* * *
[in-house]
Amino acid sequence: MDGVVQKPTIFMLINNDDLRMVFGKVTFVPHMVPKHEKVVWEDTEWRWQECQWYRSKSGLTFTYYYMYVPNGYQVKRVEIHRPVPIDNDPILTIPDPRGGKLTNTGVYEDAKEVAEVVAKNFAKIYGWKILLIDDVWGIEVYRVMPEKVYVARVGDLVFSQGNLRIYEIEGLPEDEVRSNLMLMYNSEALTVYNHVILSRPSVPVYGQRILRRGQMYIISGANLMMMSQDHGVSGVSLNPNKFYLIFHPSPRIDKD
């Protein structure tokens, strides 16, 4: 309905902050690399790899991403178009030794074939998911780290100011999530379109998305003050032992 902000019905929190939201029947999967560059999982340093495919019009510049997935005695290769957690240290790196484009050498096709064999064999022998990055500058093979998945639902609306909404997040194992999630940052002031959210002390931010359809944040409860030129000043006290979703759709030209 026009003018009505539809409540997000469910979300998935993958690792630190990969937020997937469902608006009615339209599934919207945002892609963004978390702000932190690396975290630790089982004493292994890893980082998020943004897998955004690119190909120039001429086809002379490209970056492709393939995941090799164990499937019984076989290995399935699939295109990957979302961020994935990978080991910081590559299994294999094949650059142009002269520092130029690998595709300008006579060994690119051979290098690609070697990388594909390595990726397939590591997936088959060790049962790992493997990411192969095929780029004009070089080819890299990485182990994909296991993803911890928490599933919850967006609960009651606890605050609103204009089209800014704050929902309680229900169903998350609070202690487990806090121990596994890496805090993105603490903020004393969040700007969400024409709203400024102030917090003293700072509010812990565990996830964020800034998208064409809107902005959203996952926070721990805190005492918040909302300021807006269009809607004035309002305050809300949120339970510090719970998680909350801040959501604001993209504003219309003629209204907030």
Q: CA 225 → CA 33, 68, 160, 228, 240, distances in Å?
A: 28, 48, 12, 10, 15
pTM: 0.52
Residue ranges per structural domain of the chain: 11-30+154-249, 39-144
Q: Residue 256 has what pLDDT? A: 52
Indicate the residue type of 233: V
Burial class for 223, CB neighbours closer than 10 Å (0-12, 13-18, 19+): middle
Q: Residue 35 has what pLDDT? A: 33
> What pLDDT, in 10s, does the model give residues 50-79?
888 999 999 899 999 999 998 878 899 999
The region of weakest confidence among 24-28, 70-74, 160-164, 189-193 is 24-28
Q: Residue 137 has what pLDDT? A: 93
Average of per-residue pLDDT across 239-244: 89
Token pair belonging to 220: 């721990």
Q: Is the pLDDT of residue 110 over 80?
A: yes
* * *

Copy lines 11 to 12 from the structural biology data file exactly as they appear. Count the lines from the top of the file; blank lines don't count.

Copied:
Q: Residue 35 has what pLDDT? A: 33
> What pLDDT, in 10s, does the model give residues 50-79?